Do you ever find yourself exhausted because of your unconditional, costly love for others?
Love is transformational.
If you experience God’s love by surrendering your life to Jesus Christ, then you will not only experience this kind of transformational love; you will be transformed by this love and show this love to others. This love, after all, is an essential proof for those who have a genuine relationship with God.
While I honestly never saw it clearly myself, people often said I looked like my dad. Those who knew him, in fact, still say that. Likewise, people often say my son Noah looks like me. You can be the judge of that from the same-age picture layout of the three of us (above) and another picture layout of Noah and me (below).
The reality, though, is that children do tend to resemble their parents. This is the natural result of DNA. As children grow, they take on the physical attributes (and oftentimes the emotional, psychological and intellectual attributes) of their parents. Kids become more and more like their parents. This has always been the case and always will be.
A child resembling his parents is evidence that he belongs to them. The connection and relationship are undeniable.
A Christian resembling His Christ is evidence that he belongs to Him. The connection and relationship are undeniable.
Obedience and Transformation
The one who says he remains in God should walk just as Jesus walked (1 John 2:6). What does it mean, though, to walk just as Jesus walked? Quite simply, this means to act like Jesus acted. God the Son obeyed God the Father, and John made the case that if we claim to have a relationship with God, we too will obey God.
While DNA (and the resulting physical transformation) are the reason an earthly son resembles his earthly father, spiritual transformation is the reason a child of God resembles his Heavenly Father. And, obedience is the proof of that transformation.
“This is how we are sure that we have come to know Him: by keeping His commands” (1 John 2:3).
Are you sure you have come to know Him? Is there evidence of transformation and obedience in your life?
If someone wants evidence of being related to someone else, a DNA test can be done to determine if a biological relationship exists. While there is no physical DNA test to determine if someone is a genuine follower of Jesus Christ, 1 John does provide a test of sorts. His whole letter points to the evidence of a true relationship with God.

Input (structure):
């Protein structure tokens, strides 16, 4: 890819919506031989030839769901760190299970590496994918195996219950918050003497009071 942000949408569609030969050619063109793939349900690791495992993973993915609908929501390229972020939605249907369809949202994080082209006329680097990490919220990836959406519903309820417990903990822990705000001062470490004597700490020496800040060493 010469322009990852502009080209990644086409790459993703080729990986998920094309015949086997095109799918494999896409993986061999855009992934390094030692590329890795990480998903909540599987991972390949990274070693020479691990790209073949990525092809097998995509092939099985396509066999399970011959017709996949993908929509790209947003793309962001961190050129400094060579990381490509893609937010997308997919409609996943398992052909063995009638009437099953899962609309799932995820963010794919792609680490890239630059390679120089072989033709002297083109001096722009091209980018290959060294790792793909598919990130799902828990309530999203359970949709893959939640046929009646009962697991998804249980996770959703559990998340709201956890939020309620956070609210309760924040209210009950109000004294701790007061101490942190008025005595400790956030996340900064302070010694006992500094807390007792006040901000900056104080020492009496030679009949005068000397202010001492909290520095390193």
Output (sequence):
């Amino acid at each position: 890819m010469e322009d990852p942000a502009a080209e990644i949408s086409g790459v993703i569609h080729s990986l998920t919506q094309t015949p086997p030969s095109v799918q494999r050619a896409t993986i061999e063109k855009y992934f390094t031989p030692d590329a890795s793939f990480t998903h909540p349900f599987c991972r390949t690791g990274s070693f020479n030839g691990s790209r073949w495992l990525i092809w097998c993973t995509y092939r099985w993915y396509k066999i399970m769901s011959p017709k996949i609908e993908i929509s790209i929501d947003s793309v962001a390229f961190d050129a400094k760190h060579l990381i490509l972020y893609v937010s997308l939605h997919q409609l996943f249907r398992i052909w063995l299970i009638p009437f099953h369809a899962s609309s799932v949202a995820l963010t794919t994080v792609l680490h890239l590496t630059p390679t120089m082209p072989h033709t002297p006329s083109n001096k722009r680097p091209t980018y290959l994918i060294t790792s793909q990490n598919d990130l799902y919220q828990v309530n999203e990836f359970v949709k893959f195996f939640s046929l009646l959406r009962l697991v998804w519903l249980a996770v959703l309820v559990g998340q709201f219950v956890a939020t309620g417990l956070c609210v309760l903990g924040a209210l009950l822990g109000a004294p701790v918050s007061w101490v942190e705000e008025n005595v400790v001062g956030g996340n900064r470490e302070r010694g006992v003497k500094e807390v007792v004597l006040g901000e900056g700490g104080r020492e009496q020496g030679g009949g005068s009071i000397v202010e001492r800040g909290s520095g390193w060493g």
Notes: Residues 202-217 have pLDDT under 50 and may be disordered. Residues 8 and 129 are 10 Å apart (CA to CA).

On Sunday morning, Lord willing, I will be preaching through 1 John 2:3-11 on the “Proof of Salvation,” talking about two ways to be sure you have come to know the Lord.
Do you have memories of how excited you were as a child when you were able to get together with cousins and/or friends for nothing more than fun? I sure do. And, I see that same energy and excitement with my children when they get together with their friends and cousins (like in the above picture from Easter Sunday afternoon). Pure joy is evident all over their faces.
Our son Silas said Sunday evening, “This was the best day of my life.” Hard to match that kind of excitement, right?
Light’s Impact on Longings
Naturally, we get excited about things we enjoy. We express excitement when getting to do the things we love doing. Kids love to play and have fun. Most of us adults do, too.
I would argue – and I believe the Apostle John made this argument – that genuine followers of Jesus Christ love spending time with other believers. Fellowship and participation with the local church excite us. This is the result of the light of Jesus consuming our hearts, impacting our lives and affecting our desires.
Light impacts longings, and darkness does, too. John argues (1 John 1) that people who know Jesus walk in the light and thus have and longfor fellowship with God and with His church. Those who walk in the darkness, though, no matter what they claim to believe or desire, will only long for God and His church for what they can get out of them.
Signs of Light
Do you long for closer fellowship with God and His church? This past Sunday I started a new sermon series – Prove It – in 1 John, and this letter makes clear that fellowship with God and fellowship with His church are clear signs of the light of Christ in the life of a believer. Those who love and follow Jesus not only have that fellowship; they desire that fellowship.
Do you have a born-again relationship with Jesus? If so, fellowship with God and His church are signs of His light in your life. A longing for that fellowship and a commitment to that fellowship are essential. You cannot want one apart from the other, and you cannot claim one is genuine without the other.
Is there proof of Light in your life? Shine brightly in and for Christ and in and for the world.